The UN’s World Food Programme has released a bleak report showing the dire situation for many of Myanmar’s Rohingya Muslims. According to the document, over 80,000 children from the persecuted group are ‘wasting’ as they are suffering from acute malnutrition. Much like the food shortages in parts of Africa, this famine has been caused by conflict, and in particular, here, the ongoing violence is between the people of Rakhine, a region of western Myanmar, and the government.
Because of the disruption caused by the violence, only half of food markets in the affected areas were properly functioning, meaning that ‘food prices were highly volatile, and supply of affordable dried fish … was scarce.’ Summing up the overall situation, the UN report stated that ‘the capacity of the most vulnerable population to access food in the long-term is severally [sic] undermined.’
The Rohingya, the group most affected by this famine, are Muslims living in a predominately Buddhist country. Though non-violence is a central tenet of Buddhism, the Rohingya have been the victims of persecution for decades. Despite numbering around 1.3 million, members of the group are not treated as proper citizens of Myanmar. Various vigilante groups like the 969 Movement demand that Rohingya shops be boycotted and that the people themselves be expelled from the country. The anti-Muslim violence that these groups promote is not discouraged by the authorities. In fact, security forces have been accused of killing, raping and torturing numerous Rohingya Muslims. This violence is part of a widescale government crackdown against the group, following an attack on Burmese police officers last October. This retaliation has led to around 140,000 Rohingya people being displaced internally and over 120,000 fleeing abroad. This large-scale exodus of refugees is destabilising relations with Myanmar’s neighbours. Bangladesh has already closed its border with Rakhine State. As this demonstrates, the ongoing conflict in west Myanmar has wider regional ramifications too. The most serious and most immediate impact of the fighting though is the acute malnutrition it is causing.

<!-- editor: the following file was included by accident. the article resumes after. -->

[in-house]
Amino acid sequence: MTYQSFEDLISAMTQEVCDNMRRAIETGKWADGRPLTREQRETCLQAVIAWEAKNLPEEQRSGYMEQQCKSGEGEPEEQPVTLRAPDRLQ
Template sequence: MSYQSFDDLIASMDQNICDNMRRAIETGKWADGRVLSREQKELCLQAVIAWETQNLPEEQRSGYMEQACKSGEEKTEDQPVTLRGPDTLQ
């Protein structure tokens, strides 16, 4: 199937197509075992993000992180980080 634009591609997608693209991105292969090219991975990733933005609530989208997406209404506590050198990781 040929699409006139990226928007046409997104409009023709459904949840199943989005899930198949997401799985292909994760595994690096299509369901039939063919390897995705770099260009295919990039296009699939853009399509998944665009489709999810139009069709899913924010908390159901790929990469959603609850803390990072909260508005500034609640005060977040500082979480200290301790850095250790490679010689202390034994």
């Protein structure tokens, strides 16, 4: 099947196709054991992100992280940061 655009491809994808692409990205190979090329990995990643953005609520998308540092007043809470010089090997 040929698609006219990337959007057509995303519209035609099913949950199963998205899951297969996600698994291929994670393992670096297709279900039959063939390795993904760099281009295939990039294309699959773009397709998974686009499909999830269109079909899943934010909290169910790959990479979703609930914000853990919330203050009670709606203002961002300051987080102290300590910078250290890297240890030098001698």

In the long run, the famine can only effectively be overcome if the conflict comes to an end. That way, the displaced Rohingya will be able to return to Rakhine and can begin to rebuild their local economies. However, the fighting is unlikely to cease anytime soon, as Myanmar’s government is clearly not looking for peace. Since coming to power in March 2016, Aung San Suu Kyi’s National League for Democracy has reached out to various armed ethnic groups, offering a cease-fire agreement. The Rohingya are not one of the groups included.
In addition to issuing their report on the food situation, the UN has been more directly involved. They recently determined to send a mission to investigate various human rights abuses. However, Myanmar’s government was reluctant to grant them visas for this purpose. The response of other countries in the region has not been entirely helpful, too. Though Bangladesh is understandably concerned about thousands of refugees moving across its borders, it should implement some sort of relief scheme instead of closing itself off entirely: the fate of many fellow Muslims is at stake. Other countries in South East Asia might also be reluctant to help out due to their perception of the Rohingya. The Philippines, who are currently facing an ISIS insurgency, is the main example here. These countries need to realise that the Rohingya are ordinary Muslims, not dangerous extremists. It is unclear what nearby countries could do to bring the conflict in Myanmar to an immediate end, but even voicing their concerns over the mistreatment of the Rohingya could have a positive effect in the long run.
Even if the conflict does not have a short-term solution, the famine it is causing surely requires an immediate response. Though they may chafe at the idea of UN investigators coming to investigate war crimes, Myanmar’s government cannot reject the idea of a much-needed relief mission. If they deny even this, then the treatment of the Rohingya can’t be described as anything other than ethnic cleansing.
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